A Comet Is Zooming Across Earth & You Can See It From Florida (PHOTOS)

You don't need binoculars to see it!
Comet NEOWISE Will Zoom Across Florida Skies This Month (PHOTOS)

Comets streaking close to the Earth's atmosphere might hit a nerve for some, but this latest discovery is such a sight. Comet NEOWISE is currently gliding through the northern hemisphere. This close encounter is actually visible in Florida.

The comet was initially found on March 27 by NASA’s Near-Earth Objects Wide-field Infrared Survey Explorer (NEOWISE) space telescope. Unlike others like ATLAS and SWAN, the comet NEOWISE survived its journey past the sun and is now dazzling stargazers.

You'll have until August to catch a glimpse since the comet will linger in the skies throughout July. It will be most visible to Earth on July 22 as the icy space rock is at its closest then, so make sure to mark your calendars.

While some celestial events require onlookers to have a set of binoculars or telescope on hand, this rare occurrence can be enjoyed without any equipment.

An Arizona-based photographer, Jeremy Perez tweeted, "it was an easy naked-eye object, but really rewarding through binoculars.”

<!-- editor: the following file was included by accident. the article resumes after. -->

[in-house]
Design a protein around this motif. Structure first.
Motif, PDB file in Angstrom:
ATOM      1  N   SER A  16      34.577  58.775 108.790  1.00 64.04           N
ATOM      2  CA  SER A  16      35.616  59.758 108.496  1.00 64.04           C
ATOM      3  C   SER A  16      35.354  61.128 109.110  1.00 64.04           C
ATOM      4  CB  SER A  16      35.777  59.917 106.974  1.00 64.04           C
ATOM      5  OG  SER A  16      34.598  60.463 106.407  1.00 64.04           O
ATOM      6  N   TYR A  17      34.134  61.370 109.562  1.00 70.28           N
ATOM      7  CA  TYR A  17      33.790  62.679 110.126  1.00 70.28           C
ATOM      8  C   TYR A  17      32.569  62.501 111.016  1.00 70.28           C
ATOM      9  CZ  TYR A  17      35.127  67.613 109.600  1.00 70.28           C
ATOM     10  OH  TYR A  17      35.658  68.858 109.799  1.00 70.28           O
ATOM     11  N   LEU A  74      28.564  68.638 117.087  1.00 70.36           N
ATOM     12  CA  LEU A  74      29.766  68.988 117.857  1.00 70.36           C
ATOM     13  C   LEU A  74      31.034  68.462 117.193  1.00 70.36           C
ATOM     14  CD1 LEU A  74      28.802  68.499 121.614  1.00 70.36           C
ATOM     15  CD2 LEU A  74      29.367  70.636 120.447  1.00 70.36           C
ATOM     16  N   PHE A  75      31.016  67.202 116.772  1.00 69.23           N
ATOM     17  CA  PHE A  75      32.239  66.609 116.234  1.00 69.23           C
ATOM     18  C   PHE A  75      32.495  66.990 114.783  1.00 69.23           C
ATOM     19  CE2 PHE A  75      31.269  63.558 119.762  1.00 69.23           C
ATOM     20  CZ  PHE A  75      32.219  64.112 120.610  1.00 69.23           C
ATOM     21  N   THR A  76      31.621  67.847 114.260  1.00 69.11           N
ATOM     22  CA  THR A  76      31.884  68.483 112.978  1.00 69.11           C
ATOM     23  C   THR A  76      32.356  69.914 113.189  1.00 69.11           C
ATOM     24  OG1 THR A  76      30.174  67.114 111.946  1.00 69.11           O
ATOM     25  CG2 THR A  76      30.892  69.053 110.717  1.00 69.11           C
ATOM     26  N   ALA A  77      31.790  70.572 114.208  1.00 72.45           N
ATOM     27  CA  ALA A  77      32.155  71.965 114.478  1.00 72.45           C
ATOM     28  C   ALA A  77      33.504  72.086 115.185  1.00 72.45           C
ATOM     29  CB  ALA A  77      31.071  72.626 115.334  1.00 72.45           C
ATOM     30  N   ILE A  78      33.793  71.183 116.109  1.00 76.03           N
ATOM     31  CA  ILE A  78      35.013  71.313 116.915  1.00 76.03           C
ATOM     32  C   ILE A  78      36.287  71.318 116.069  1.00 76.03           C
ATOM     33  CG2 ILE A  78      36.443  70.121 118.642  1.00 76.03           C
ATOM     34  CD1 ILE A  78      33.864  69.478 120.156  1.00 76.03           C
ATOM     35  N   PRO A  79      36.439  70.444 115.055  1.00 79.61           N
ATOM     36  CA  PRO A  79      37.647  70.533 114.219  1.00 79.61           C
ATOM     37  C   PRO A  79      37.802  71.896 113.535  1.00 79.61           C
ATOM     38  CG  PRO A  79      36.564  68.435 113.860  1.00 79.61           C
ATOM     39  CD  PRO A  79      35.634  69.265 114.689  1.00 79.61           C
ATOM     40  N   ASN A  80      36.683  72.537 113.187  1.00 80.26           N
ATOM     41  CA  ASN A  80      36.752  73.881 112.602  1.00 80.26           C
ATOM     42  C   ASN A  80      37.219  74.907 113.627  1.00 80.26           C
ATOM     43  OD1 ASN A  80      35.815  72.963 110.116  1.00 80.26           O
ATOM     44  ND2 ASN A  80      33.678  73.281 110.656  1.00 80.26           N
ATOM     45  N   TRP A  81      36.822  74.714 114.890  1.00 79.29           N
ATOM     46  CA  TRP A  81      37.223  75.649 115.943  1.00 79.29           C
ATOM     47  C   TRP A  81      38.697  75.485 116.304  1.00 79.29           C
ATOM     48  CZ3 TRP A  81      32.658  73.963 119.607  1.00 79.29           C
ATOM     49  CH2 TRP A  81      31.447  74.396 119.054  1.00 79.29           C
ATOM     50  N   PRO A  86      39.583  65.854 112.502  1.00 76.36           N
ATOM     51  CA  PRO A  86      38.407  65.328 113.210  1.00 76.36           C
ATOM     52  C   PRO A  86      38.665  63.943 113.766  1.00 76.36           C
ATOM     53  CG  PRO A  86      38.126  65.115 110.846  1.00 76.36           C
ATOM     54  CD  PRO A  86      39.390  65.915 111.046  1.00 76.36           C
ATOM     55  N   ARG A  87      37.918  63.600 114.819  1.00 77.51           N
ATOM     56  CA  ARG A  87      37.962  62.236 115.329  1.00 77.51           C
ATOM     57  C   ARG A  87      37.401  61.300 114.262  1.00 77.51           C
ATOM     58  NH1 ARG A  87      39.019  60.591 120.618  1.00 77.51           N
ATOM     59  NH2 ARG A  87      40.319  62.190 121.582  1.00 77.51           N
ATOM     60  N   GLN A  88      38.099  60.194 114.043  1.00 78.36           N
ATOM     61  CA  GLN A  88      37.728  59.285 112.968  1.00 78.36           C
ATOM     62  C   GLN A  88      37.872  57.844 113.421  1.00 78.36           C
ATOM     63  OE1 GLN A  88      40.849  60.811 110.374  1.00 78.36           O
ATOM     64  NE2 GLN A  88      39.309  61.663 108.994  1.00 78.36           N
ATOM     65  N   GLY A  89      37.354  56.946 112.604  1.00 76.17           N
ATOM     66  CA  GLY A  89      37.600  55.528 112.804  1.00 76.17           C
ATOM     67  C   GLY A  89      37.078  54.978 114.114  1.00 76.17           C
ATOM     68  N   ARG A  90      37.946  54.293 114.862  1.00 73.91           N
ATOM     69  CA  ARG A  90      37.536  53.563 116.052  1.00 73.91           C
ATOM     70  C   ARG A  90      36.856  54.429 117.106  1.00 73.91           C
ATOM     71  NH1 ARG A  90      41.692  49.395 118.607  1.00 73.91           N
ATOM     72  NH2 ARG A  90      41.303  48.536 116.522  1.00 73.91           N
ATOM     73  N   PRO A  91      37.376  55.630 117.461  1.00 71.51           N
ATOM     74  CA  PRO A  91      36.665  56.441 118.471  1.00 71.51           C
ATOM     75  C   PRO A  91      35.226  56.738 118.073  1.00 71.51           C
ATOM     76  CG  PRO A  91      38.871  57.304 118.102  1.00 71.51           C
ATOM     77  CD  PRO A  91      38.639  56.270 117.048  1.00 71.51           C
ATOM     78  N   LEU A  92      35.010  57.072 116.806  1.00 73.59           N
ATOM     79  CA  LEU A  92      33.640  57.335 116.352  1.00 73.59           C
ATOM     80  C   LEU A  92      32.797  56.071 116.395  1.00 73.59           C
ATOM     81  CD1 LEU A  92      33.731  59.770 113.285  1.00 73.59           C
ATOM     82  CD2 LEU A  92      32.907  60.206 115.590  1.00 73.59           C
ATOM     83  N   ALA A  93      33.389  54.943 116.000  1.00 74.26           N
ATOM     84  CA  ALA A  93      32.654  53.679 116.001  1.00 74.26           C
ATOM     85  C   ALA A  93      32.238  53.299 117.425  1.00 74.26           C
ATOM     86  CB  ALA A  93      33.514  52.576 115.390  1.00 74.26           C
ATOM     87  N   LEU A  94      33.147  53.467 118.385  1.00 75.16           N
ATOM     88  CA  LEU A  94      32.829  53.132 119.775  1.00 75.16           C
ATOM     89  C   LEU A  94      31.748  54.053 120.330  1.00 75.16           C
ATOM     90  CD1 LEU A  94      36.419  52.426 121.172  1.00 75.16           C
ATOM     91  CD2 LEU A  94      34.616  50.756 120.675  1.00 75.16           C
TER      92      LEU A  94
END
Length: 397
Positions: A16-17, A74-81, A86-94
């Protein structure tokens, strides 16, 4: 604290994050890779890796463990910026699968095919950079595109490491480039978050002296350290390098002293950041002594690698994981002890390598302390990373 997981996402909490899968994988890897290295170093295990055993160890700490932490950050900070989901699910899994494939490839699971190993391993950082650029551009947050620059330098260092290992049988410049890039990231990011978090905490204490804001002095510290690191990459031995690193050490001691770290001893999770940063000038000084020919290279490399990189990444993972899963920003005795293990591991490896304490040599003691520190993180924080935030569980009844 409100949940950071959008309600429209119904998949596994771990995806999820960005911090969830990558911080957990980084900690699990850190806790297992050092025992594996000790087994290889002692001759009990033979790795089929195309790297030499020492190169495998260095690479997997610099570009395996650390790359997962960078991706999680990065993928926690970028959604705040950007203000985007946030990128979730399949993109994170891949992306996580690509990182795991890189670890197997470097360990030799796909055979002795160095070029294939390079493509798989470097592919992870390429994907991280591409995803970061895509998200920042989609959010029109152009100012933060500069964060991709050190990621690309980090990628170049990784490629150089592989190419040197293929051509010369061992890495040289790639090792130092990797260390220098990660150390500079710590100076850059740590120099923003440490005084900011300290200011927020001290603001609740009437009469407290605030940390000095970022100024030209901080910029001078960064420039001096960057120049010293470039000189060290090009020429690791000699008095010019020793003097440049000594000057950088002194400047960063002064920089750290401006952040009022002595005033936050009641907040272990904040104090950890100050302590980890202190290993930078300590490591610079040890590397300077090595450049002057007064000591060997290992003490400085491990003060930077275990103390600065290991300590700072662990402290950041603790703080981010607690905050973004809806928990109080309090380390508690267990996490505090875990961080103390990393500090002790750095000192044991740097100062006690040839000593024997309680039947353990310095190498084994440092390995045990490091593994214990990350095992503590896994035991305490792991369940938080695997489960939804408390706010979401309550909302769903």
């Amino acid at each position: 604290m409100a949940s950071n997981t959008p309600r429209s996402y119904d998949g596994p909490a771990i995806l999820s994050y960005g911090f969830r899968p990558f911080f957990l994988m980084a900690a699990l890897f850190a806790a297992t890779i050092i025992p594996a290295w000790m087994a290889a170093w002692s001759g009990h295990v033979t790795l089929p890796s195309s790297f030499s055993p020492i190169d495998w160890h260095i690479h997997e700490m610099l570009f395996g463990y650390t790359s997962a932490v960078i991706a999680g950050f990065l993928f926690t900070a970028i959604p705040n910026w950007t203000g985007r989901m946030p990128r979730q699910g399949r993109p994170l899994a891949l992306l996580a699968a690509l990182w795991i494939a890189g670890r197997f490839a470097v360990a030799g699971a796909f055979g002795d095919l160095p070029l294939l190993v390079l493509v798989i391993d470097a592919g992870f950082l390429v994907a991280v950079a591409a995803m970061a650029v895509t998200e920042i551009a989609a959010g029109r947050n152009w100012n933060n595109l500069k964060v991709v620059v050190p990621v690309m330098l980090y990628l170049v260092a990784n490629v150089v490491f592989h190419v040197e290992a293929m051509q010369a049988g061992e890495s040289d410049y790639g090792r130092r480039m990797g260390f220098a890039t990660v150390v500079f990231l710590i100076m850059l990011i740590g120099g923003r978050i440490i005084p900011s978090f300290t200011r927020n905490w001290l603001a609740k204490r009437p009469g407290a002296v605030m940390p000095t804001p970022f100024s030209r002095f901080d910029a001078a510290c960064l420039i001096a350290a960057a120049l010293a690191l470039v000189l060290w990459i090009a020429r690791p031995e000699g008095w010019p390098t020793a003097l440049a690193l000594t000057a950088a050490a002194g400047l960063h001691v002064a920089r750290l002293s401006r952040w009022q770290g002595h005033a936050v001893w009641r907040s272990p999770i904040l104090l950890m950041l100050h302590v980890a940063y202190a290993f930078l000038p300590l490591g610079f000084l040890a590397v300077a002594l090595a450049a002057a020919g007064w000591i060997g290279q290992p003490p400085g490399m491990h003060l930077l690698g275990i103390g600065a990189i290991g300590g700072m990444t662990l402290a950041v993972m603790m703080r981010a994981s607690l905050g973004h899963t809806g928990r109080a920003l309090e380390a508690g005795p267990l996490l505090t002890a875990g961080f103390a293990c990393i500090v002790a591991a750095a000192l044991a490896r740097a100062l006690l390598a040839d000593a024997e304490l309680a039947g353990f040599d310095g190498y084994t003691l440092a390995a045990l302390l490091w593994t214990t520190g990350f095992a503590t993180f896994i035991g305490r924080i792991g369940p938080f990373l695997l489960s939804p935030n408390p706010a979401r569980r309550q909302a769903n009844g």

This event is so striking that NASA Astronaut Bob Behnken said it was space's equivalent of the 4th of July displays.

To follow the comet's path this month, gazers will need to first seek out the Big Dipper and proceed to "star hop" in order to find it.

As the month progresses, spotting it will become easier.

"It will be highest in the dawn sky around July 11. Then it will gradually approach the horizon each day. By mid July (around July 12-15), the comet will become visible at dusk (just after sunset), low in the northwest horizon," according to EarthSky.

If you plan on making a night of stargazing, it's best to get yourself to an ultra-dark place.

Places like the Everglades National Park have been a perfect spot for visitors looking for a backdrop to see the Milky Way.

You won't want to miss Comet NEOWISE makes its tour across the earth. According to Forbes, it won't be making an appearance for about another 6,800 years.

*Cover photo used for illustrative purposes.